He underwent left parieto-occipital craniotomy with navigation-guided excision of the lesion. Intraoperatively, there was a yellowish-gray soft lesion (6.0 × 4.4 × 5.9 cm) extending up to the left occipital horn of lateral ventricle with moderate vascularity. There were 2–3 satellite lesions observed in the hemorrhagic and necrosed tumor bed. Postoperatively, he improved well neurologically, with an improvement of gait imbalance.
HPE report [
Top row – Axial and coronal T2-weighted (a and b) images show large heterogeneous hemorrhagic lesion in the left occipital region with perilesional edema and mass effect. Differential soft tissue is noted along posterior aspect (red circle) on T2 and FLAIR (c) with hypointensity and blooming on SWI (d) as compared to adjacent hematoma (blue circle) showing hyperintensity with peripheral blooming. Bottom row – Axial TOF MRA images (e) show no obvious vascular abnormality and postcontrast sagittal subtracted T1 MPRAGE images (f) show intense enhancement within differential soft tissue (red circle on f). Preoperative plain CT (g) shows hemorrhagic lesion and postoperative CT shows resection cavity with air pockets and near complete resection of lesion (h).
Cardiac myxoma is the most common benign heart tumor, that is, sporadic (93% of cases) with a female preponderance.
Cardiac myxoma can also be a component of an autosomal dominant syndrome called Carney complex. Carney complex is characterized by spotty pigmentation (blue nevi and lentigines), myxomas (cardiac, cutaneous, and mammary), endocrine overactivity (Cushing’s syndrome and acromegaly), testicular tumors, and Schwannomas.[
Metastatic lesions have been reported to be diagnosed up to 8 years later than the primary lesion. In the majority of cases, the cerebral arteries, including the retinal arteries, are affected. However, it has been postulated that tumor tissues may grow into the walls of the vessels causing focal disruption of the internal elastic lamina, providing a nidus for cerebral hemorrhage and subsequent growth of metastatic tumor tissue.[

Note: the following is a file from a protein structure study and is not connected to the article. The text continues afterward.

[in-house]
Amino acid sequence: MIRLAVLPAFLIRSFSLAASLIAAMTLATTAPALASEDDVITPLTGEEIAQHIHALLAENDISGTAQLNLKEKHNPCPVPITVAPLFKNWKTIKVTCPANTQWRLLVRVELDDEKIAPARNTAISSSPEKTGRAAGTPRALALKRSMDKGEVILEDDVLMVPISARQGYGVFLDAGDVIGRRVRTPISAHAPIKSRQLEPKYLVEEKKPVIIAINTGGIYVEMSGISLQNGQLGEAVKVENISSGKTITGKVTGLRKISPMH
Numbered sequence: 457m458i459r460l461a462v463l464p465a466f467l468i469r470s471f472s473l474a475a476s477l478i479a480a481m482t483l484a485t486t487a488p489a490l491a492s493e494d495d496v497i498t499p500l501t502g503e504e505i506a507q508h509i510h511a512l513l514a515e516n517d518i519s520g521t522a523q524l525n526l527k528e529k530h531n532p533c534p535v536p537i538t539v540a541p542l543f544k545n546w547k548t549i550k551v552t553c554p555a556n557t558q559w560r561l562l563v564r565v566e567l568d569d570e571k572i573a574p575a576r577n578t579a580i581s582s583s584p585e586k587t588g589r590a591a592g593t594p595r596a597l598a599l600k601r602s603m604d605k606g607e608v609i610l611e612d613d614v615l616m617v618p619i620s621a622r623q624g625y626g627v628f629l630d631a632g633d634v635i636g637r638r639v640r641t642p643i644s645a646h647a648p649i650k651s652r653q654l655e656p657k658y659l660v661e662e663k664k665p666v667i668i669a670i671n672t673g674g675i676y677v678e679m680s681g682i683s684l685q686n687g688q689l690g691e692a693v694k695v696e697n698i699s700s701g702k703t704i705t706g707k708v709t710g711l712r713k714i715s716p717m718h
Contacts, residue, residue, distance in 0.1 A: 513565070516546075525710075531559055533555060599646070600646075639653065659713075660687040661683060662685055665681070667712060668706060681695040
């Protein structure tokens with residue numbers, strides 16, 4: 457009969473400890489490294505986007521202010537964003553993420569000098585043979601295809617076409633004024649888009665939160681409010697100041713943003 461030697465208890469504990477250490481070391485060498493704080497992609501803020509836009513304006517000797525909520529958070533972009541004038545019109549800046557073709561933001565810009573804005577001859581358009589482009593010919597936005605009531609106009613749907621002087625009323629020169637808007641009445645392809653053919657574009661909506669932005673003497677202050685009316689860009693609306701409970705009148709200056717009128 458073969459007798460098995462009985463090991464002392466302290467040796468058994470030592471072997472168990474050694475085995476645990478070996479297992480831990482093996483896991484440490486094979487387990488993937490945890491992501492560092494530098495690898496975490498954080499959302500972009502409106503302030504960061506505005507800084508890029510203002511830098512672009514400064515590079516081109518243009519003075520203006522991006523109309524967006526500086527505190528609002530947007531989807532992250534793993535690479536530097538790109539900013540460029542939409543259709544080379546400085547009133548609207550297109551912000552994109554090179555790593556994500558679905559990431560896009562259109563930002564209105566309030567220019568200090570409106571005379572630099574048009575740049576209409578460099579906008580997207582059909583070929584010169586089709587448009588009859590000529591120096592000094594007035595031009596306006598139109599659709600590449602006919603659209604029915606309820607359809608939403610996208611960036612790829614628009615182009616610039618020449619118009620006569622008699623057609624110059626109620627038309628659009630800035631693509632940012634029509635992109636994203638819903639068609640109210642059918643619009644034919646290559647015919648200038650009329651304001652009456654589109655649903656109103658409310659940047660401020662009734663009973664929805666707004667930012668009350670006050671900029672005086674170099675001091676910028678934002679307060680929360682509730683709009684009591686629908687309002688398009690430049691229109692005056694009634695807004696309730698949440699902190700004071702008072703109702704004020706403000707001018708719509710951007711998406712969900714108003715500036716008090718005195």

The fate of the tumor fragment, which embolizes to the cerebral vessel within the central nervous system, still remains controversial. Two late complications have been reported: either a tumor fragment may grow and present as an expanding mass lesion, or it may develop a vascular aneurysm at the site of the embolus.[
As the natural history of this disease is unknown, the standard of care for these intraparenchymal lesions remains controversial. Thus, a high index of suspicion is required so that diagnosis can be effectively made and patients can be put under surveillance.
Our patient underwent a surgery for myxoma 1 year back. As our patient had a cortical bleed in an accessible location, excision biopsy was possible, which helped us arrive at a diagnosis. In patients who present with multifocal intracerebral hemorrhages, biopsy from a noneloquent region is mandatory to establish the cause for bleed.
A standard of care in the management of cardiac myxoma patients with cerebral metastases is yet to be established. While surgery may be appropriate in cases with one or two isolated brain metastases, palliative radiotherapy could be administered to patients with multiple brain metastases. Vigorous workup must be pursued if the patient becomes symptomatic yet again or develops fresh neurological manifestations.